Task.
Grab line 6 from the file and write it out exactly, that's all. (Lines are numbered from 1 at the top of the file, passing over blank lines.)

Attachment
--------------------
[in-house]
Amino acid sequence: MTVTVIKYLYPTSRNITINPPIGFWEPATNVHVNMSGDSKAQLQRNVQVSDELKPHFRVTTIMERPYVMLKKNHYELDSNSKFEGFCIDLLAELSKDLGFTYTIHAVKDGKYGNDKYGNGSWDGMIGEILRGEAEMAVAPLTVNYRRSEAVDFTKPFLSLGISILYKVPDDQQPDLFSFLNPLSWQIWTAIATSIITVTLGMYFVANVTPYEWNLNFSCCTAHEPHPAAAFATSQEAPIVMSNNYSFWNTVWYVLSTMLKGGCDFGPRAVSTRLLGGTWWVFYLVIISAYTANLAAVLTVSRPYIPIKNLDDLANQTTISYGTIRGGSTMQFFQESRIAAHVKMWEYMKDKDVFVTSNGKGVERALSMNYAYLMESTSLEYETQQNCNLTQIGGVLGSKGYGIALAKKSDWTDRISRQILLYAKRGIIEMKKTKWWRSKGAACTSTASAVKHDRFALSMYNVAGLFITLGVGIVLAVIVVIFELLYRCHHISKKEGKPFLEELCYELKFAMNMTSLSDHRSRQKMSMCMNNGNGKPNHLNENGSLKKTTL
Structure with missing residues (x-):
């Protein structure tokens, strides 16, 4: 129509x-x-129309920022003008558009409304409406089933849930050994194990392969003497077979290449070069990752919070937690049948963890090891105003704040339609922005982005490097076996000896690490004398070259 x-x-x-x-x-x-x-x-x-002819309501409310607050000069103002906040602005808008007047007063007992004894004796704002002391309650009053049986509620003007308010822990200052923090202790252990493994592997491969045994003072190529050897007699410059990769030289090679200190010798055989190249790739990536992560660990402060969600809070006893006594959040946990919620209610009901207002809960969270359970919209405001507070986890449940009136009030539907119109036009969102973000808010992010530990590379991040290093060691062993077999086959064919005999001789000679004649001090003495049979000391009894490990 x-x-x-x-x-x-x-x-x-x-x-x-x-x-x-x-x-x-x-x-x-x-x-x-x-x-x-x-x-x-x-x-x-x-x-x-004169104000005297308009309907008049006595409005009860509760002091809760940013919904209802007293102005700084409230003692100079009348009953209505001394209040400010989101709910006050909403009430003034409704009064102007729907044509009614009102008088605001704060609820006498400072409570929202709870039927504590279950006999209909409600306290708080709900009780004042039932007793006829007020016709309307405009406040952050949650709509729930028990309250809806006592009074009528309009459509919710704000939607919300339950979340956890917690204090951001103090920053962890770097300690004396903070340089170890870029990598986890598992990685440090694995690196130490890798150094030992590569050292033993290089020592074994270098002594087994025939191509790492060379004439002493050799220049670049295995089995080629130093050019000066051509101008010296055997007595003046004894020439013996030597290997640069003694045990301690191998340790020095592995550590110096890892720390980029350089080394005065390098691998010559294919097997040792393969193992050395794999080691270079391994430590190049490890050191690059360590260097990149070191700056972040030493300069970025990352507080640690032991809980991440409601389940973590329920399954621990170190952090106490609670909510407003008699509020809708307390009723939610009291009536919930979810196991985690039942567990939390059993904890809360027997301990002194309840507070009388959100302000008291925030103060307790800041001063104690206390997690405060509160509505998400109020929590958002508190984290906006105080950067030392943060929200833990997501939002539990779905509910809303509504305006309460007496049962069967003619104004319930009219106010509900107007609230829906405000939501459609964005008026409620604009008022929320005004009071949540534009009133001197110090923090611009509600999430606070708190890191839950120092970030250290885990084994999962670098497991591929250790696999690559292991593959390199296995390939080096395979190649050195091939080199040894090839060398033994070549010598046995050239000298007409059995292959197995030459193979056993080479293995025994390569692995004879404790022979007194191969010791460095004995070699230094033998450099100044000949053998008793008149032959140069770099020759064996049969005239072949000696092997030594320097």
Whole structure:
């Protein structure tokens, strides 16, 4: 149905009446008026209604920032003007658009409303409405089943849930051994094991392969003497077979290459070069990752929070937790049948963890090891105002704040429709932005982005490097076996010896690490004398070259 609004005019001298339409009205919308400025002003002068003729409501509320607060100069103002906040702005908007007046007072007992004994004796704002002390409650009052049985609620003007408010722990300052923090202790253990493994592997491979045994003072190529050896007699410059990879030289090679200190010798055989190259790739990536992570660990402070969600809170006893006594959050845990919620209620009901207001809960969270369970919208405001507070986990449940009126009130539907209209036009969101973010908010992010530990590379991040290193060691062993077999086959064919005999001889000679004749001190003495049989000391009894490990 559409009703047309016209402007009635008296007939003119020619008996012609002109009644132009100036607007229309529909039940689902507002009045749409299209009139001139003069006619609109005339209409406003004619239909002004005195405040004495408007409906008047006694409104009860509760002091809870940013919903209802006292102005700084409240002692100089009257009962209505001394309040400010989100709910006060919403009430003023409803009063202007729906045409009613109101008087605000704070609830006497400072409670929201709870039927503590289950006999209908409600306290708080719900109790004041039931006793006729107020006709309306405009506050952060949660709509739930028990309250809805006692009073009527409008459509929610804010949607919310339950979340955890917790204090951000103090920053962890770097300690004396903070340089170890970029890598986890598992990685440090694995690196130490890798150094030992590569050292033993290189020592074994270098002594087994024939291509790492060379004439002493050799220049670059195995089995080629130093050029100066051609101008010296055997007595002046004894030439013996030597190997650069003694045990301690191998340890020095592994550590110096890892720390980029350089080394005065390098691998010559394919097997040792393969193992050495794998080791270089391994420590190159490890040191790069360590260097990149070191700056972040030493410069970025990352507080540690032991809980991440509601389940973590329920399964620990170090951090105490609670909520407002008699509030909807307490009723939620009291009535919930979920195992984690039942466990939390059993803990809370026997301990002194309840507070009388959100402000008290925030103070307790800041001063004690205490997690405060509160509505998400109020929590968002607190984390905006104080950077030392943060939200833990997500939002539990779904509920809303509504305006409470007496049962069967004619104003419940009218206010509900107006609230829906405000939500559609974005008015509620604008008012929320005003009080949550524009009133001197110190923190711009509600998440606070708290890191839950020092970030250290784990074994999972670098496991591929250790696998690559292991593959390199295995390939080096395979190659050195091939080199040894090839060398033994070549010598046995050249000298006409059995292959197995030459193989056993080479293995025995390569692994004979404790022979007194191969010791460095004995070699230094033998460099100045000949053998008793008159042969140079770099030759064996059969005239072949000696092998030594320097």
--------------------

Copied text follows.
């Protein structure tokens, strides 16, 4: 149905009446008026209604920032003007658009409303409405089943849930051994094991392969003497077979290459070069990752929070937790049948963890090891105002704040429709932005982005490097076996010896690490004398070259 609004005019001298339409009205919308400025002003002068003729409501509320607060100069103002906040702005908007007046007072007992004994004796704002002390409650009052049985609620003007408010722990300052923090202790253990493994592997491979045994003072190529050896007699410059990879030289090679200190010798055989190259790739990536992570660990402070969600809170006893006594959050845990919620209620009901207001809960969270369970919208405001507070986990449940009126009130539907209209036009969101973010908010992010530990590379991040290193060691062993077999086959064919005999001889000679004749001190003495049989000391009894490990 559409009703047309016209402007009635008296007939003119020619008996012609002109009644132009100036607007229309529909039940689902507002009045749409299209009139001139003069006619609109005339209409406003004619239909002004005195405040004495408007409906008047006694409104009860509760002091809870940013919903209802006292102005700084409240002692100089009257009962209505001394309040400010989100709910006060919403009430003023409803009063202007729906045409009613109101008087605000704070609830006497400072409670929201709870039927503590289950006999209908409600306290708080719900109790004041039931006793006729107020006709309306405009506050952060949660709509739930028990309250809805006692009073009527409008459509929610804010949607919310339950979340955890917790204090951000103090920053962890770097300690004396903070340089170890970029890598986890598992990685440090694995690196130490890798150094030992590569050292033993290189020592074994270098002594087994024939291509790492060379004439002493050799220049670059195995089995080629130093050029100066051609101008010296055997007595002046004894030439013996030597190997650069003694045990301690191998340890020095592994550590110096890892720390980029350089080394005065390098691998010559394919097997040792393969193992050495794998080791270089391994420590190159490890040191790069360590260097990149070191700056972040030493410069970025990352507080540690032991809980991440509601389940973590329920399964620990170090951090105490609670909520407002008699509030909807307490009723939620009291009535919930979920195992984690039942466990939390059993803990809370026997301990002194309840507070009388959100402000008290925030103070307790800041001063004690205490997690405060509160509505998400109020929590968002607190984390905006104080950077030392943060939200833990997500939002539990779904509920809303509504305006409470007496049962069967004619104003419940009218206010509900107006609230829906405000939500559609974005008015509620604008008012929320005003009080949550524009009133001197110190923190711009509600998440606070708290890191839950020092970030250290784990074994999972670098496991591929250790696998690559292991593959390199295995390939080096395979190659050195091939080199040894090839060398033994070549010598046995050249000298006409059995292959197995030459193989056993080479293995025995390569692994004979404790022979007194191969010791460095004995070699230094033998460099100045000949053998008793008159042969140079770099030759064996059969005239072949000696092998030594320097």